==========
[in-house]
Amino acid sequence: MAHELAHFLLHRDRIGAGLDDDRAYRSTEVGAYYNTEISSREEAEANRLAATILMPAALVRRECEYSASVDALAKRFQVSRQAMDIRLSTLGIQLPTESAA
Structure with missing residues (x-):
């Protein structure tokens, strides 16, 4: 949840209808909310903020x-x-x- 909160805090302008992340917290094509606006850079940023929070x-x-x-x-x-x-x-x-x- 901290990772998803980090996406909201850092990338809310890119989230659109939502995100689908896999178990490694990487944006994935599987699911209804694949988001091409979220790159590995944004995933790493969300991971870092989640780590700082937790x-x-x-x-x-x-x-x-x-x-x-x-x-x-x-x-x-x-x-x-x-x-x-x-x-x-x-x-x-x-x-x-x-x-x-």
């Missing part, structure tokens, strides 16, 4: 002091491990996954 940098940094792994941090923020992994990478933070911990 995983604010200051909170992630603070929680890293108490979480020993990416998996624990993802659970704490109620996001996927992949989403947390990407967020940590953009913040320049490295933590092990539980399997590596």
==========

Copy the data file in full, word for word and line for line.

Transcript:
[in-house]
Amino acid sequence: MAHELAHFLLHRDRIGAGLDDDRAYRSTEVGAYYNTEISSREEAEANRLAATILMPAALVRRECEYSASVDALAKRFQVSRQAMDIRLSTLGIQLPTESAA
Structure with missing residues (x-):
């Protein structure tokens, strides 16, 4: 949840209808909310903020x-x-x- 909160805090302008992340917290094509606006850079940023929070x-x-x-x-x-x-x-x-x- 901290990772998803980090996406909201850092990338809310890119989230659109939502995100689908896999178990490694990487944006994935599987699911209804694949988001091409979220790159590995944004995933790493969300991971870092989640780590700082937790x-x-x-x-x-x-x-x-x-x-x-x-x-x-x-x-x-x-x-x-x-x-x-x-x-x-x-x-x-x-x-x-x-x-x-």
């Missing part, structure tokens, strides 16, 4: 002091491990996954 940098940094792994941090923020992994990478933070911990 995983604010200051909170992630603070929680890293108490979480020993990416998996624990993802659970704490109620996001996927992949989403947390990407967020940590953009913040320049490295933590092990539980399997590596």